This page describes the format to be used when developing RFCs for proposal to the MetaCRS mailing list and subsequent presentation to the MetaCRS PSC. New RFCs should be created following the instructions at the top of the RFCs page.
The original version of this document was based on the RFCs from http://mapserver.gis.umn.edu/development/rfc.
RFC Template Version: 1.0 Last Modified: 04:50, 3 November 2006 (CET) (Jason Birch)
CS-Map RFC # - Title Goes Here
This page contains an change request (RFC) for the CS-Map Open Source project. More CS-Map RFCs can be found on the RFCs page.
|RFC Template Version||(1.0)|
|Submission Date||(Date/Time? submitted)|
|Last Modified||(your name here) Timestamp?|
|Author||(your name here)|
|RFC Status||(draft, proposed, frozen for vote, adopted, retracted, or rejected)|
|Implementation Status||(pending, under development, completed)|
|Proposed Milestone||(e.g. 1.1, 1.3, 2.1)|
|Assigned PSC guide(s)||(when determined)|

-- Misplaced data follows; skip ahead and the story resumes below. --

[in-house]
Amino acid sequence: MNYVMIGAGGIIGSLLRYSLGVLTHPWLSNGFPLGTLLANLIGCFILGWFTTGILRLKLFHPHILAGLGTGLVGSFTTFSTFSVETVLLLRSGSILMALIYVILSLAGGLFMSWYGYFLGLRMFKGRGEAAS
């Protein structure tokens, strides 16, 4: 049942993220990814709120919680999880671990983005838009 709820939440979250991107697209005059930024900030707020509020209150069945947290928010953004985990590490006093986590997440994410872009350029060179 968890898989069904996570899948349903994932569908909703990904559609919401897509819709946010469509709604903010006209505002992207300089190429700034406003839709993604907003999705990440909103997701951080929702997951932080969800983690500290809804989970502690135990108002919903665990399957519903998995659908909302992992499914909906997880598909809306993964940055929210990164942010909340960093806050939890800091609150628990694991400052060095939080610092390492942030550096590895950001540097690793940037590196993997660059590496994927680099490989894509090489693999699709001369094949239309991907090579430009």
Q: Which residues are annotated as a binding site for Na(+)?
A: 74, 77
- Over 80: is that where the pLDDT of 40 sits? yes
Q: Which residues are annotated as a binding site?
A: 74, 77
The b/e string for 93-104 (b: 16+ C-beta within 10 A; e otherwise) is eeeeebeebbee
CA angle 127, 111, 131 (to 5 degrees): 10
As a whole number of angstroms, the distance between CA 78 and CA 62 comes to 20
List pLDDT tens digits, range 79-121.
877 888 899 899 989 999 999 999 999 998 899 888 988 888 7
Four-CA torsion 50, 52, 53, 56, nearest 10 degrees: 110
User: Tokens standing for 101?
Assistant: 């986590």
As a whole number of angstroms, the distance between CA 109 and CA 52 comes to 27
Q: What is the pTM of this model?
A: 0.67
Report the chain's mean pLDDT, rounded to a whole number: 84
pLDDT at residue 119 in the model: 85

|Voting History||(vote date)|
This section briefly describes the problem set, and the proposed solution in general terms. It should be deliberately short, a couple of sentences or so.
This is the most important part of the RFC. It describes the problem domain in detail. Focusing on this will allow reviewers to fully understand why the proposed change is being made, and potentially suggest different/better ways of accomplishing the desired results. The more time we spend on understanding the problem, the better our solution will be.
This is a more detailed description of the actual changes desired. The contents of this section will vary based on the target of the RFC, be it a technical change, website change, or process change. For example, for a technical change, items such as files, new coordinate system definition, WKT mapping, and API chances would be identified. For a process change, the new process would be laid out in detail. For a website change, the files affected would be listed.
This section allows discussion of the repercussions of the change, such as whether there will be any breakage in backwards compatibility, if documentation will need to be updated, etc.
How the proposed change will be tested, if applicable. New unit tests should be detailed here???
This section will confirm that the proposed feature has enough support to proceed. This would typically mean that the entity making the changes would put forward the RFC, but a non-developer could act as an RFC author if they are sure they have the funding to cover the change.